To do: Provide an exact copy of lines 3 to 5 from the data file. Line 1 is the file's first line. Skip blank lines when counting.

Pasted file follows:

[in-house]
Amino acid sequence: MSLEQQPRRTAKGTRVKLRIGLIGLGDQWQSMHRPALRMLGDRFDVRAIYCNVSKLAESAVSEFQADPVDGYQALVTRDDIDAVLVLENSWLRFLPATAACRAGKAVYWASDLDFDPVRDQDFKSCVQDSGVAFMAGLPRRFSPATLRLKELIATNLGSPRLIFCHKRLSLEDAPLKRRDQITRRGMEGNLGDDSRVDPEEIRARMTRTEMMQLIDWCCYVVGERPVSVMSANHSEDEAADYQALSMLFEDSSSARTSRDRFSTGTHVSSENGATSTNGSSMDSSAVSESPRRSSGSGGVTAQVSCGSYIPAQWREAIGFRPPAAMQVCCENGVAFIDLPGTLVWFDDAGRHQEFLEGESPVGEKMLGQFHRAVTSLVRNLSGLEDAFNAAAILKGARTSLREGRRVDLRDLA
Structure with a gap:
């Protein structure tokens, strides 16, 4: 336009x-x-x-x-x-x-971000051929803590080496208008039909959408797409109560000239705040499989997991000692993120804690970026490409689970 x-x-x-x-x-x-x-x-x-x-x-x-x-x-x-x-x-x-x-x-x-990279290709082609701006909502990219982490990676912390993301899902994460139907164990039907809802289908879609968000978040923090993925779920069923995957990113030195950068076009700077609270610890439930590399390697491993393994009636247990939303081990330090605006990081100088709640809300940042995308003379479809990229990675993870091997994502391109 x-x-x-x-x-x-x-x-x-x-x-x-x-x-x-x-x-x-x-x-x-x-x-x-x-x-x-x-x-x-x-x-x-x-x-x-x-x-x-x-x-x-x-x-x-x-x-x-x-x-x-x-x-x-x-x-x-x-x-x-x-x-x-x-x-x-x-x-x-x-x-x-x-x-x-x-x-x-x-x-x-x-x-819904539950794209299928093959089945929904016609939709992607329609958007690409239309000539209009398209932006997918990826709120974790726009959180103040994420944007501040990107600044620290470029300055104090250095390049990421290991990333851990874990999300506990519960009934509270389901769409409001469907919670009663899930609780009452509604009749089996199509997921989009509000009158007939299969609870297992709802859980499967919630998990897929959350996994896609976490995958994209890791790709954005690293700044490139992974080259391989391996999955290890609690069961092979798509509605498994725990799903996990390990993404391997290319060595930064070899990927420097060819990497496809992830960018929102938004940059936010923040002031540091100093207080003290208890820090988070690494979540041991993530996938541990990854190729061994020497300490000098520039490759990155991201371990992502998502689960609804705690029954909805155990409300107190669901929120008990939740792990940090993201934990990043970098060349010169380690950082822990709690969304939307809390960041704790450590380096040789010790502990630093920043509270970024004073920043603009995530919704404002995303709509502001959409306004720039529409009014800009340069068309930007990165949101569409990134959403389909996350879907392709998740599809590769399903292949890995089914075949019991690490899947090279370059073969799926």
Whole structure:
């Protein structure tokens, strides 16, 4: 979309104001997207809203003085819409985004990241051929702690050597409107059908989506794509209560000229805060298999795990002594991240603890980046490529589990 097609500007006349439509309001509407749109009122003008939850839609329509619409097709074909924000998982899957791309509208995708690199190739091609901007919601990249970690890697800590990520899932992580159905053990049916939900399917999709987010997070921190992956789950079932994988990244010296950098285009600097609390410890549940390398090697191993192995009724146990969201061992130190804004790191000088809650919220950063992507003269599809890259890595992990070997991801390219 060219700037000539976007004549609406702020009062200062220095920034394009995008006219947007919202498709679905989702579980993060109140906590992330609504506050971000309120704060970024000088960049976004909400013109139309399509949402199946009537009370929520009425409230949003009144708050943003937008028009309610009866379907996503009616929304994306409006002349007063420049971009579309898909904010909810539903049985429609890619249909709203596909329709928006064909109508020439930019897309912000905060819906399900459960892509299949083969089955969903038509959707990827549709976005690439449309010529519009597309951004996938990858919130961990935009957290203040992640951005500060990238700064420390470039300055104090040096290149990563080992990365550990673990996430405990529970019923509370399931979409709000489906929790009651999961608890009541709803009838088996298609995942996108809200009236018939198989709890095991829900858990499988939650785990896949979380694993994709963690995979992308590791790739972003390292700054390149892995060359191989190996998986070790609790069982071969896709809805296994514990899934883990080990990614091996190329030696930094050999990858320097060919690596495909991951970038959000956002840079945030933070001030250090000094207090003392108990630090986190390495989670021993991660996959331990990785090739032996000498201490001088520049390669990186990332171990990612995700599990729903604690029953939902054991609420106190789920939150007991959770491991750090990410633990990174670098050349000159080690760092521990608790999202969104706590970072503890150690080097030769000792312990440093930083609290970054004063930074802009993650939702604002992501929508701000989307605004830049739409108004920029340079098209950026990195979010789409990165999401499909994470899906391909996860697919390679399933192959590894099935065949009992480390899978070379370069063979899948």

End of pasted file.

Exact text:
Structure with a gap:
């Protein structure tokens, strides 16, 4: 336009x-x-x-x-x-x-971000051929803590080496208008039909959408797409109560000239705040499989997991000692993120804690970026490409689970 x-x-x-x-x-x-x-x-x-x-x-x-x-x-x-x-x-x-x-x-x-990279290709082609701006909502990219982490990676912390993301899902994460139907164990039907809802289908879609968000978040923090993925779920069923995957990113030195950068076009700077609270610890439930590399390697491993393994009636247990939303081990330090605006990081100088709640809300940042995308003379479809990229990675993870091997994502391109 x-x-x-x-x-x-x-x-x-x-x-x-x-x-x-x-x-x-x-x-x-x-x-x-x-x-x-x-x-x-x-x-x-x-x-x-x-x-x-x-x-x-x-x-x-x-x-x-x-x-x-x-x-x-x-x-x-x-x-x-x-x-x-x-x-x-x-x-x-x-x-x-x-x-x-x-x-x-x-x-x-x-x-819904539950794209299928093959089945929904016609939709992607329609958007690409239309000539209009398209932006997918990826709120974790726009959180103040994420944007501040990107600044620290470029300055104090250095390049990421290991990333851990874990999300506990519960009934509270389901769409409001469907919670009663899930609780009452509604009749089996199509997921989009509000009158007939299969609870297992709802859980499967919630998990897929959350996994896609976490995958994209890791790709954005690293700044490139992974080259391989391996999955290890609690069961092979798509509605498994725990799903996990390990993404391997290319060595930064070899990927420097060819990497496809992830960018929102938004940059936010923040002031540091100093207080003290208890820090988070690494979540041991993530996938541990990854190729061994020497300490000098520039490759990155991201371990992502998502689960609804705690029954909805155990409300107190669901929120008990939740792990940090993201934990990043970098060349010169380690950082822990709690969304939307809390960041704790450590380096040789010790502990630093920043509270970024004073920043603009995530919704404002995303709509502001959409306004720039529409009014800009340069068309930007990165949101569409990134959403389909996350879907392709998740599809590769399903292949890995089914075949019991690490899947090279370059073969799926």
Whole structure: